Can approach shoes be resoled?

 As with most climbing shoes, approach shoes can also be resoled. If the shoe is in good condition and good shape you can change the sole at least up to three times.

The dot rubbers can be resoled in half and some places offer full rubber resole too. You can look for the local resoler or you can ship to the well-known resole companies.

But if your pair is too worn out, then they will be beyond resole. To continue wearing your favorite pair of approach shoes, get the resole done in time.

What factors you need to look for while buying approach shoes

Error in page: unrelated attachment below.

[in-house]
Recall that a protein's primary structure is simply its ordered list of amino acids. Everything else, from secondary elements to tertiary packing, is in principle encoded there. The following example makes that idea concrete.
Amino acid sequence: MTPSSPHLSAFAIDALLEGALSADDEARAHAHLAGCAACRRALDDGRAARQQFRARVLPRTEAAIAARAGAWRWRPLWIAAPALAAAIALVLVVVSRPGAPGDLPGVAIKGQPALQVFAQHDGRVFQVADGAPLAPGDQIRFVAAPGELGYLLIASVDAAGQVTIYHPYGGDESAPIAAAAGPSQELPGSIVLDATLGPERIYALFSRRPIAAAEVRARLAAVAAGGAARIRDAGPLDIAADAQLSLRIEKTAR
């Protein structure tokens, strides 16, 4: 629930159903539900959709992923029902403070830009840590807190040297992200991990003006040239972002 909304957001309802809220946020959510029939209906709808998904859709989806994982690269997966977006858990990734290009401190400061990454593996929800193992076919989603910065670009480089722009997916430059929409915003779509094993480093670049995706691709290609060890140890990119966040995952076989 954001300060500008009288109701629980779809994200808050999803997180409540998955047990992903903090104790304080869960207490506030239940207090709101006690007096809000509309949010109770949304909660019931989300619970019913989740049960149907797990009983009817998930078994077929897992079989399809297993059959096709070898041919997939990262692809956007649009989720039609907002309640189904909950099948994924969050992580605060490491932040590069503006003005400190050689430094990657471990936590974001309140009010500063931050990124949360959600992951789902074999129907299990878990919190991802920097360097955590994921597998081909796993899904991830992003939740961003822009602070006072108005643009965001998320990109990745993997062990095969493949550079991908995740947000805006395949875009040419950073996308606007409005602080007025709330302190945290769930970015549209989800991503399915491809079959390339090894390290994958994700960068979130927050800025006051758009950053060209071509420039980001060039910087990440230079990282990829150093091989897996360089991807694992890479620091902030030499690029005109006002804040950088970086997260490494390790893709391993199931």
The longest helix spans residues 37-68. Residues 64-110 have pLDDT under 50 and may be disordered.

Before buying a pair of an approach shoes, know your intended use of the shoe. Whether you want to use it for hiking, climbing, or cragging. For hiking look for a pair which have comfort, support, roomy, and soft build quality.

If you are looking for a pair to use on technical trails, then look for an approach shoe with a clear-cut edge, a stiff sole, lightweight and narrow profile. While buying approach shoes, you don’t need to worry about fittings, because most approach shoes have laces down to toes.

You can have control over the fitting depending on how loose or snug fit you want. You can buy a pair of synthetic mesh materials for warm, dry climates. They are less water-resistant but lightweight and breathable. For rainy or wet weather, go for a leather-made approach shoe.

Get your hands on some of the most selling pairs 

Approach shoes are the most versatile of mountain footwear. It can give you the support and protection of a full-on hiking boot and the comfort and flexibility of a trail runner.